This plan wipes out major parts of the ACA. There are no more federal tax credits to help the middle class pay health insurance premiums. No more Medicaid expansion for low-income working people. No airtight ban on discriminatory premiums for people with pre-existing medical conditions. Insurance companies can impose an age tax by charging older Americans up to five times what they charge young adults. Employers are let off the hook completely: No employer would be required to contribute toward any worker’s health care; but the 40% tax on middle-class worker health benefits would be made permanent.

More ...

OSHA's Claims About Hiding Information on Worker Deaths Fall Flat

Rebecca Reindel AFL-CIO

Since January, government agencies under the Donald Trump administration have taken steps to hide information from the public--information that was previously posted and information that the public has a right to know. 

But a recent move is especially personal. Two weeks ago, the agency responsible for enforcing workplace safety and health—the Occupational Safety and Health Administration—removed the names of fallen workers from its home page and has stopped posting information about their deaths on its data page. In an attempt to justify this, the agency made two major claims discussed below. Like many efforts to decrease transparency by this administration, these claims are unfounded, and the agency whose mission is to protect workers from health and safety hazards is clearly in denial that it has a job to do. Here's how:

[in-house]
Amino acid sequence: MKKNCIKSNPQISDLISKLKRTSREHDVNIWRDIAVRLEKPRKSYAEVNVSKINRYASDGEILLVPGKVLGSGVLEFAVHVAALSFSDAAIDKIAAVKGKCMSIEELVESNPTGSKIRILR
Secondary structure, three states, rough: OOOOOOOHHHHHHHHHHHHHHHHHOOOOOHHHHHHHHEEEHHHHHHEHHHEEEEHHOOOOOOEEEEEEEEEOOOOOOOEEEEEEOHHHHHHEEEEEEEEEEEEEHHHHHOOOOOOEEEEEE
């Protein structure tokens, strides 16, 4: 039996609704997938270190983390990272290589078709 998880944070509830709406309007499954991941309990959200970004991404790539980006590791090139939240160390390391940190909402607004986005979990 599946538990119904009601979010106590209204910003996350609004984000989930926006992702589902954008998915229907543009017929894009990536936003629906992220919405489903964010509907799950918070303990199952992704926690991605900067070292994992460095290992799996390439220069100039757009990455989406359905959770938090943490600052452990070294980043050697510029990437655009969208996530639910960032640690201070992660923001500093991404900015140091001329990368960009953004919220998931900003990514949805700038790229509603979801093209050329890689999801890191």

OSHA claim #1: Not all worker deaths listed on the agency website were work-related because OSHA hasn't issued or yet issued a citation for their deaths.

Fact: It is public knowledge that 1) OSHA doesn't have the jurisdiction to investigate about two-thirds of work-related deaths but does issue guidance on a wide variety of hazards to workers that extend beyond their enforcement reach, and 2) OSHA citations are not always issued for work-related deaths because of a variety of reasons, including limitations of existing OSHA standards and a settlement process that allows employers to remedy certain hazards in lieu of citation. (The laborious process for OSHA to develop standards deserves a completely separate post.) But neither of those points mean the agency cannot recognize where and when workers are dying on the job, and remember and honor those who sought a paycheck but, instead, did not return home to their families.

More ...

Expand Health Care Coverage; Don’t Shrink It

Once again, Senate Republican leaders are pushing their incredibly unpopular and destructive plan to take health care from millions of Americans to line the pockets of corporate CEOs. Working people will continue to oppose transferring wealth from workers to Wall Street under the guise of health care.

Republican leaders in the Senate should stop trying to find ways to make health care worse.

The latest plan is yet another attempt to deny health care to people who need it to give tax breaks to those who don’t.

More ...

Attention, Kentucky: Closing a Pension Is Never a Good Idea

Jennifer Watkins

Those who do not learn from history are doomed to repeat it—and it’s prime time for Kentucky lawmakers to learn a history lesson.

Kentucky’s public pension funds face very real challenges, caused by decades of underfunding on behalf of the state. While public employees contributed with every paycheck, the state continuously kicked the can down the road. Now, rather than address the state’s pension problems with sound economic policy, political interests seek to close Kentucky’s pension systems and place newly hired employees in a 401(k)-style defined contribution plan.